Washington: Individuals with chronic insomnia have an elevated risk of death, says a new research.
"The most surprising result was the increased high risk for mortality among individuals with chronic insomnia versus those without insomnia," said Laurel Finn, a biostatistician at the University of Wisconsin-Madison.
"The other important finding was the non-differentiation between subtypes of insomnia with respect to mortality risk."
The study involved 2,242 participants in the Wisconsin Sleep Cohort Study who completed two to three mailed surveys for the years 1989, 1994 and 2000.
Participants were considered to have chronic insomnia if they reported insomnia symptoms on at least two of the surveys.
A social security death index search in May 2010 determined that 128 participants had died during a follow-up period of up to 19 years.
Estimated mortality hazard ratios were adjusted for body mass index, age and sex as well as for self-reported medical conditions such as chronic bronchitis, heart attack, stroke, hypertension, diabetes and depression.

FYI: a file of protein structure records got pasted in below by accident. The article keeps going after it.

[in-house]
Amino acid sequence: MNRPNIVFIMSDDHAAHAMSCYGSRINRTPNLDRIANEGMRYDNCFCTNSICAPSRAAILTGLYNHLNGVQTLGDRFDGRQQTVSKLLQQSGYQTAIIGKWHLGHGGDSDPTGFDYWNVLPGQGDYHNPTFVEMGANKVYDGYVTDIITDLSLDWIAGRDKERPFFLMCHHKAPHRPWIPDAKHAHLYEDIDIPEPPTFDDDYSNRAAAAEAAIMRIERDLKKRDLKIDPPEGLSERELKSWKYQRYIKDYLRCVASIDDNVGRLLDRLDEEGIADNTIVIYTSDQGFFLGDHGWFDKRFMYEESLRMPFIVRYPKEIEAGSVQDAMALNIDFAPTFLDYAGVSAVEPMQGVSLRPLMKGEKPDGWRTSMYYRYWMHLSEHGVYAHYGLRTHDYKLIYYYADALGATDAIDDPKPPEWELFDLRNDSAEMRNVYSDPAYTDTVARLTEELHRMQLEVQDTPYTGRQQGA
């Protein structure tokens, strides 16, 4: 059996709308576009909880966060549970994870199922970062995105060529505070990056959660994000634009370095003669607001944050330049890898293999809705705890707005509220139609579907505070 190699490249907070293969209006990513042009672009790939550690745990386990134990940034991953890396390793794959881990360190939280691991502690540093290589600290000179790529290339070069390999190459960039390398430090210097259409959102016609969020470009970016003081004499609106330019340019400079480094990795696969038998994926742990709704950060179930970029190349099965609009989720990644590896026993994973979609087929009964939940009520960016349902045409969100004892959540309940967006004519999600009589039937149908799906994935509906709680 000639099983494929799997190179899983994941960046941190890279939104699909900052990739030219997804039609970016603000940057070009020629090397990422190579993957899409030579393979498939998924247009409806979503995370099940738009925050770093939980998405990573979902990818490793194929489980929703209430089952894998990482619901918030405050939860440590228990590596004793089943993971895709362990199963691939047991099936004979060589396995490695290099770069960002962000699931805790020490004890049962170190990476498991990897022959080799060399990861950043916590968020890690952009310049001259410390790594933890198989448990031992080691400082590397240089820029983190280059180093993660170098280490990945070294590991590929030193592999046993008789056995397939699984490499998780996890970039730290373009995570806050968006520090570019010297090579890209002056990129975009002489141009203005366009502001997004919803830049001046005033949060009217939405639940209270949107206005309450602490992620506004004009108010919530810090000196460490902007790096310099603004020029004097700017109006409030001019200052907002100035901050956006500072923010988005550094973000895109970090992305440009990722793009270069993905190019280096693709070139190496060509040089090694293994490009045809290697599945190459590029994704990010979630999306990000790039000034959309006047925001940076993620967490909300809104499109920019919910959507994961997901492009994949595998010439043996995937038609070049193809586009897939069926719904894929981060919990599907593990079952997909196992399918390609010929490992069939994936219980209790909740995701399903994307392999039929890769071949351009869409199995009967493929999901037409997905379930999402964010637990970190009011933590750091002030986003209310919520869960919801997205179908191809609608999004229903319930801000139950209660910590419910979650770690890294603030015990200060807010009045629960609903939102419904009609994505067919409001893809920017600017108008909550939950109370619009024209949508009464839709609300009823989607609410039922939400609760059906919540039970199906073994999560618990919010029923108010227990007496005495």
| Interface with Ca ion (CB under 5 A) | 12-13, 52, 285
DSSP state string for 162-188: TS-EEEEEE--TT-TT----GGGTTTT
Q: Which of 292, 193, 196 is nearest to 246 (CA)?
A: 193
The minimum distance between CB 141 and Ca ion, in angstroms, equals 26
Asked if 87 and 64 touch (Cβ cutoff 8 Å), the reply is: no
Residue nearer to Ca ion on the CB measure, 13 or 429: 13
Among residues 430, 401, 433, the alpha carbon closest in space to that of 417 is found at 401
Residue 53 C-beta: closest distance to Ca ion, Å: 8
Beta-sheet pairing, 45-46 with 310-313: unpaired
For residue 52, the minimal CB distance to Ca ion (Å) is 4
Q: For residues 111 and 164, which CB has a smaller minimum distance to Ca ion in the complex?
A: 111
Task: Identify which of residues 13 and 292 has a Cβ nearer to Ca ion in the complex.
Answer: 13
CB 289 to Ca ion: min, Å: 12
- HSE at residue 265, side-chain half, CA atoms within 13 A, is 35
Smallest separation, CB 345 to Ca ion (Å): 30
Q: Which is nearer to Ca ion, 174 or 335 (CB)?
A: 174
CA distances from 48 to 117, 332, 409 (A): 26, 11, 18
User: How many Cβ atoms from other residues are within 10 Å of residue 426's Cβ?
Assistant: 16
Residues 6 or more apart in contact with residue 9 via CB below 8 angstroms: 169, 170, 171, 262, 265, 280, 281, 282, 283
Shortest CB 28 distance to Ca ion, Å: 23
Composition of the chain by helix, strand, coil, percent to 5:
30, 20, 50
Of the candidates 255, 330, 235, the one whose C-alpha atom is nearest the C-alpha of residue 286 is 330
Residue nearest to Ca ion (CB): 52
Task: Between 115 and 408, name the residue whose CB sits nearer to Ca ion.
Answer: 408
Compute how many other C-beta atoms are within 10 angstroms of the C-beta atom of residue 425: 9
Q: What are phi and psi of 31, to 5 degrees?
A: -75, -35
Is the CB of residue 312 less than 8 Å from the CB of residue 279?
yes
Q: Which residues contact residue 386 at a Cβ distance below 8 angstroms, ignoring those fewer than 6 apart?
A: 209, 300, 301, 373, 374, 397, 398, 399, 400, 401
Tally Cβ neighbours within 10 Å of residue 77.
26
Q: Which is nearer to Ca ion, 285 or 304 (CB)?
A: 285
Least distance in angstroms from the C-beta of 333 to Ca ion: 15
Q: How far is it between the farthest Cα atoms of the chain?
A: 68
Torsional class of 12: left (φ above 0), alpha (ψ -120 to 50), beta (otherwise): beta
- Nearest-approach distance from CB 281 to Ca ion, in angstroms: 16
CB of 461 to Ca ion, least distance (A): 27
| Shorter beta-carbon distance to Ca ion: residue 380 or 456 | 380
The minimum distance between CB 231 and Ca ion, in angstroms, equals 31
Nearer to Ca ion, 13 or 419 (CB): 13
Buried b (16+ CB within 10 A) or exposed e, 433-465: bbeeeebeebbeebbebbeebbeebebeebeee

Finn added that the results emphasise the need for physicians to provide effective treatments for insomnia.
"Insomnia is a burdensome symptom and has a negative impact on sleep quality that may lead people to seek treatment," said Finn, according to an American Academy of Sleep Medicine release.
"The identification of insomnia as a mortality risk factor may have clinical implications and raise the priority level for insomnia treatment."
These findings were presented Monday at SLEEP 2010, the ongoing annual meeting of the Associated Professional Sleep Societies in San Antonio, Texas.